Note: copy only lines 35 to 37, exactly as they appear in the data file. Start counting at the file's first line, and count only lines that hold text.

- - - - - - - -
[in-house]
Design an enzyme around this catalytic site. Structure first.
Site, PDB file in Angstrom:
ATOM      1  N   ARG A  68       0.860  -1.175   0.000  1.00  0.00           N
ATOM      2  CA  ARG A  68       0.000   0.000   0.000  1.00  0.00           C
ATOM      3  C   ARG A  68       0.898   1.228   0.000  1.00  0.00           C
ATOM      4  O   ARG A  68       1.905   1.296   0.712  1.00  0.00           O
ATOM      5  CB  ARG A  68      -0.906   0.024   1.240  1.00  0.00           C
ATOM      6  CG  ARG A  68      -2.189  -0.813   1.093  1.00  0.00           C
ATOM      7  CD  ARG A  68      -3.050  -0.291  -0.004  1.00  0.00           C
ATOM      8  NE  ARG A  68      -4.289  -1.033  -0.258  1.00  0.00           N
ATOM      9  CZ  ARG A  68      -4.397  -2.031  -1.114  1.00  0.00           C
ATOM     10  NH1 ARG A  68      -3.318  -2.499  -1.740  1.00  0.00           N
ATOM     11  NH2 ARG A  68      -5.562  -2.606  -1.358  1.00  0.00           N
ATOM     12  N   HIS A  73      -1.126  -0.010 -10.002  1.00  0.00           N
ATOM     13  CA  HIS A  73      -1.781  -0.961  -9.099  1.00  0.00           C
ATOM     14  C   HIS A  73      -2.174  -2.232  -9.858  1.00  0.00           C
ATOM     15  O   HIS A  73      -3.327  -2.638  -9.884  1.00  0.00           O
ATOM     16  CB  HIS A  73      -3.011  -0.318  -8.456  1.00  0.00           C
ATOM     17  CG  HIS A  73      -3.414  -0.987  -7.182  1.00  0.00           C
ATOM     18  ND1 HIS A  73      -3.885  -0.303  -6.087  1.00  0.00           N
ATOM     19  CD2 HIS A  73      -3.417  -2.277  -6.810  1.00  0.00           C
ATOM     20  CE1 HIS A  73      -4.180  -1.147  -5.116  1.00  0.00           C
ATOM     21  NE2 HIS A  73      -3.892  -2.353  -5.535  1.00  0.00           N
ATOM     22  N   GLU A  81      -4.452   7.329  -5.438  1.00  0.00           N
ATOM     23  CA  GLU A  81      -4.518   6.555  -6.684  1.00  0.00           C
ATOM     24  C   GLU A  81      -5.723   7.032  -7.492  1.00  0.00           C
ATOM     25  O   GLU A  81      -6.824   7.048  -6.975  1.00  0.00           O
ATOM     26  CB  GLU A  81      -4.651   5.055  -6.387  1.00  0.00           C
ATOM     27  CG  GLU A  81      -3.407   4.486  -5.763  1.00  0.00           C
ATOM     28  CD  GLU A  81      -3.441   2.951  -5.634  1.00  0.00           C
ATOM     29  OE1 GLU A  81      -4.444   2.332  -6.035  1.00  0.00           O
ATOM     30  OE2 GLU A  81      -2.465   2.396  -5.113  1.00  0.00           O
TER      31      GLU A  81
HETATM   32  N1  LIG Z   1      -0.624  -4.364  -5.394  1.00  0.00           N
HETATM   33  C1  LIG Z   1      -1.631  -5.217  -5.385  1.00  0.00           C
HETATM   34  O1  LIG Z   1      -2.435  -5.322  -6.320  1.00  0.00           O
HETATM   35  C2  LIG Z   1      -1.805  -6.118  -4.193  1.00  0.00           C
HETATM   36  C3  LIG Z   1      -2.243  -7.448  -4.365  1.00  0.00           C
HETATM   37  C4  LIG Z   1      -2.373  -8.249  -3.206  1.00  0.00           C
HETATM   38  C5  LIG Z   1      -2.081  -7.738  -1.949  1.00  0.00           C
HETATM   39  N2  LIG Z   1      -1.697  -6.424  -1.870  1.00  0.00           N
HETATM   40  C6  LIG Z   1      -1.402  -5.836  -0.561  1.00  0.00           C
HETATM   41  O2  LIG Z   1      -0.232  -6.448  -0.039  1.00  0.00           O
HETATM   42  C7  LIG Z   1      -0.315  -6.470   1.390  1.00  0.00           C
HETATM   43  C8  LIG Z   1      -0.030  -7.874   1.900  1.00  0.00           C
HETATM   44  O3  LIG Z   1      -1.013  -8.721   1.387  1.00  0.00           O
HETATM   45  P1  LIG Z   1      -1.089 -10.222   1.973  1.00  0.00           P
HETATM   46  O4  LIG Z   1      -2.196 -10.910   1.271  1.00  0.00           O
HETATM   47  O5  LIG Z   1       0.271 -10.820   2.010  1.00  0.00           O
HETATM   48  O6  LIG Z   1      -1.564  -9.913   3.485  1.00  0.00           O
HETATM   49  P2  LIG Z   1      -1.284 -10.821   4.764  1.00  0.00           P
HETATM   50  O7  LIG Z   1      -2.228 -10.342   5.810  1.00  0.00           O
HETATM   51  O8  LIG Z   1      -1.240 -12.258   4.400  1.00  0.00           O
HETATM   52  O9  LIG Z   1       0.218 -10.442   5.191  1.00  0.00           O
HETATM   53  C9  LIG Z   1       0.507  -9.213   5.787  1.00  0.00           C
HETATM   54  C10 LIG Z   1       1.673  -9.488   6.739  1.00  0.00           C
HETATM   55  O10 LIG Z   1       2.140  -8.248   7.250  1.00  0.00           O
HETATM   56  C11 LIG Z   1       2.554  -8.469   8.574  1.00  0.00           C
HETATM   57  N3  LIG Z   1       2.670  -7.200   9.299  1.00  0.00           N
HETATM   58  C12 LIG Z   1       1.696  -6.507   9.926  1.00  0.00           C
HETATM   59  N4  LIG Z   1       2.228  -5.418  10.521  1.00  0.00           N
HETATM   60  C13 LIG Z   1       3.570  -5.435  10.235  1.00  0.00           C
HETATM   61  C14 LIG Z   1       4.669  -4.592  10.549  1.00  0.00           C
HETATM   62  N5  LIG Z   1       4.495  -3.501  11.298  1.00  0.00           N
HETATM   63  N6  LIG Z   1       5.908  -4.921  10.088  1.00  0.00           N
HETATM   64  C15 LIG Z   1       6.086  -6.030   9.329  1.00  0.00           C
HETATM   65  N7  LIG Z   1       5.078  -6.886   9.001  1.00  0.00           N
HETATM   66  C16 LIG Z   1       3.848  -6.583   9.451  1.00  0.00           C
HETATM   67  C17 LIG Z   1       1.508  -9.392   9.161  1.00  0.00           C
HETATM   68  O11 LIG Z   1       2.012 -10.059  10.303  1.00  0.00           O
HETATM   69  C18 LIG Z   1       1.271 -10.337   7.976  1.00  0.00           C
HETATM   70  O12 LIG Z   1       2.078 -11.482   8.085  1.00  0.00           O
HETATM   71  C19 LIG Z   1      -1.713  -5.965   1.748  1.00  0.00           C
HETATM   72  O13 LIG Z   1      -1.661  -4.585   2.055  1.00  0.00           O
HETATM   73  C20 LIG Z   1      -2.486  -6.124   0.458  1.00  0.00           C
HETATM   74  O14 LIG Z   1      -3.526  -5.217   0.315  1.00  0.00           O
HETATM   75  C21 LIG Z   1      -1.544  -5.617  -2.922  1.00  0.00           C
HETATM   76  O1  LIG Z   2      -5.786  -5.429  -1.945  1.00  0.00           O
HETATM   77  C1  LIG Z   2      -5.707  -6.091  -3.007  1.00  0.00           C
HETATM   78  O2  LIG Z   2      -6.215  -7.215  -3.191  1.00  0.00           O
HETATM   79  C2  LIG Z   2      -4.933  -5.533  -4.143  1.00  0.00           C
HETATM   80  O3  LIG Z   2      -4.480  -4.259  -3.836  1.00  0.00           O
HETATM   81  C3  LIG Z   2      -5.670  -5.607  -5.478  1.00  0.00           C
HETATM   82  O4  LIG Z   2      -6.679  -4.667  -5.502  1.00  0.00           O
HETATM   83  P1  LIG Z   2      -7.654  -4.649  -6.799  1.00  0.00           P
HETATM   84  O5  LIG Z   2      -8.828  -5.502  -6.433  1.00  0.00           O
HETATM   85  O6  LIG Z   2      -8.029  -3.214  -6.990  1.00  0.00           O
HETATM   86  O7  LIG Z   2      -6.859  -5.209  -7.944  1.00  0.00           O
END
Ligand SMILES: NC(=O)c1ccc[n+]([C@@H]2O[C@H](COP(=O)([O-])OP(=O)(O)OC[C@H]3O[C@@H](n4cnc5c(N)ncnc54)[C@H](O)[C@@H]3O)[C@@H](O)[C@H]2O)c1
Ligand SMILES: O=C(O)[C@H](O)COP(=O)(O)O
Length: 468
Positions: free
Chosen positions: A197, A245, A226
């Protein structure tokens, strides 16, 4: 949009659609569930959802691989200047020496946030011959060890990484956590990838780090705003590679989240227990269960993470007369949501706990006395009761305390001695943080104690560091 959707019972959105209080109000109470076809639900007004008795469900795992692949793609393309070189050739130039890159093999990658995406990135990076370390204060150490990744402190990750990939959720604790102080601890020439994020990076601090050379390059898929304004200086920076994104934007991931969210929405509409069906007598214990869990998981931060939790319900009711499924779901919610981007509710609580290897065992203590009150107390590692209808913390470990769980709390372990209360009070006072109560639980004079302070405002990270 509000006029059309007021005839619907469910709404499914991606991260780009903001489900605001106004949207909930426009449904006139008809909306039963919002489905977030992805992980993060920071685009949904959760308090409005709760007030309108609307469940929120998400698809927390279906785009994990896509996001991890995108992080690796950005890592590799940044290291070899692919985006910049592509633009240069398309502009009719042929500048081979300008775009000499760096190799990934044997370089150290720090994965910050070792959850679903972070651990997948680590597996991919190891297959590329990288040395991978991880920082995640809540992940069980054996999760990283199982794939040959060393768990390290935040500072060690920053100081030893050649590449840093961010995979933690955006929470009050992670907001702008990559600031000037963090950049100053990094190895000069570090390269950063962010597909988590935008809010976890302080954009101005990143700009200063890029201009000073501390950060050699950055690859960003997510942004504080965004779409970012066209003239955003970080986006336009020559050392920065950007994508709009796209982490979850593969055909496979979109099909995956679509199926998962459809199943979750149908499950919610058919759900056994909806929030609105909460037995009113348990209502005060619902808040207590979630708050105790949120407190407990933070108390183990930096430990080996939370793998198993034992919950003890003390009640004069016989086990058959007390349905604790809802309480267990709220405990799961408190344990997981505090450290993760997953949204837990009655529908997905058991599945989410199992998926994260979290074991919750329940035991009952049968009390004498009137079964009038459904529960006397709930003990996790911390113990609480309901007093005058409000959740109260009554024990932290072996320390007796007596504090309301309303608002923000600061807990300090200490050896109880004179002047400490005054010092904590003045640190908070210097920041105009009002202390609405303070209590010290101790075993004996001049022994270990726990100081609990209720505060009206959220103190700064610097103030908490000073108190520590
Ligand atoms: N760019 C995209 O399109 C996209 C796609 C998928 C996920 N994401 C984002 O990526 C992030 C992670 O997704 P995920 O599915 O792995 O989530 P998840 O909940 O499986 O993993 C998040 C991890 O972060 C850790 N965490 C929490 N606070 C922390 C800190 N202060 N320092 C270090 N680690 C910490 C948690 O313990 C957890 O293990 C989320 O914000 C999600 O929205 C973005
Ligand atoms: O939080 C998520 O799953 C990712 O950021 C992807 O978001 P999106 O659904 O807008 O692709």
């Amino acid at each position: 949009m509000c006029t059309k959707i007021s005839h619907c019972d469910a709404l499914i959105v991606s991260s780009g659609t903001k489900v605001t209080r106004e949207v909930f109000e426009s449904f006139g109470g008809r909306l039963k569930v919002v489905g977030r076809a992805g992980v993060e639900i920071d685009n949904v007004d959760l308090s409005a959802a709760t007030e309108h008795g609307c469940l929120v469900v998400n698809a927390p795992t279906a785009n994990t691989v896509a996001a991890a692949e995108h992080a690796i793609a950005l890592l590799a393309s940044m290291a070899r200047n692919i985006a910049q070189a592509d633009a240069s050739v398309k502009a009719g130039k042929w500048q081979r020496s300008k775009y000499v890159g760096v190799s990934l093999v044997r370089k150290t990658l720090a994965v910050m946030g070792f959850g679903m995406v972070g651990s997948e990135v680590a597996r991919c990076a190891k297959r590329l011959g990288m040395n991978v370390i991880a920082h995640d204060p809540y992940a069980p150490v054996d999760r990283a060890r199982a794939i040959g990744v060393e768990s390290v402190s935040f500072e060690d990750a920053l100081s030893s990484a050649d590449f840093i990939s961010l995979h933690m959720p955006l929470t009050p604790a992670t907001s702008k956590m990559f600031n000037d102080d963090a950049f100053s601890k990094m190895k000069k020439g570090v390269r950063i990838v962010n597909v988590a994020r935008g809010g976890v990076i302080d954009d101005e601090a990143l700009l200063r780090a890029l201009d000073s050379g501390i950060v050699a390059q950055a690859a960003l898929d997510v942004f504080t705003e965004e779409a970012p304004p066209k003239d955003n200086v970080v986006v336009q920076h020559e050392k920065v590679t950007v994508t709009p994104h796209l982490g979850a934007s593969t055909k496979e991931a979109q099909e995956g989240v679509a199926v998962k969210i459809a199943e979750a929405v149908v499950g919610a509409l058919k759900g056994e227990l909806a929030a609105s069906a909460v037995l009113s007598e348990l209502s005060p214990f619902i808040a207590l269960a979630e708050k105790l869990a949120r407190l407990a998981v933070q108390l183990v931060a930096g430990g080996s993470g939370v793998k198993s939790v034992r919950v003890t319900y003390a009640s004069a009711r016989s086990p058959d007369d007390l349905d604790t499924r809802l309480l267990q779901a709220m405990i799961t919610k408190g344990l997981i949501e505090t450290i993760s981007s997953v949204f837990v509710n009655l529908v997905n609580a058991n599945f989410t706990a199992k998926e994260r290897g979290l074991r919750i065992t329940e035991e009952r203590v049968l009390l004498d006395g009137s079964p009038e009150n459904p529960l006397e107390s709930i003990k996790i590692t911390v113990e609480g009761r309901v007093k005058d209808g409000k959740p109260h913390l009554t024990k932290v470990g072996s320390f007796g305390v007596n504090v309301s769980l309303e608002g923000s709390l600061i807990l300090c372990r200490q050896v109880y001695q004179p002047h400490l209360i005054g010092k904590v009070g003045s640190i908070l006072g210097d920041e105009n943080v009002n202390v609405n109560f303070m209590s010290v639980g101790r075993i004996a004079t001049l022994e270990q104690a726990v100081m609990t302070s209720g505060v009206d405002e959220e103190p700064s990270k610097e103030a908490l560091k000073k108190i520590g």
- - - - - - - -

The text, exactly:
HETATM   32  N1  LIG Z   1      -0.624  -4.364  -5.394  1.00  0.00           N
HETATM   33  C1  LIG Z   1      -1.631  -5.217  -5.385  1.00  0.00           C
HETATM   34  O1  LIG Z   1      -2.435  -5.322  -6.320  1.00  0.00           O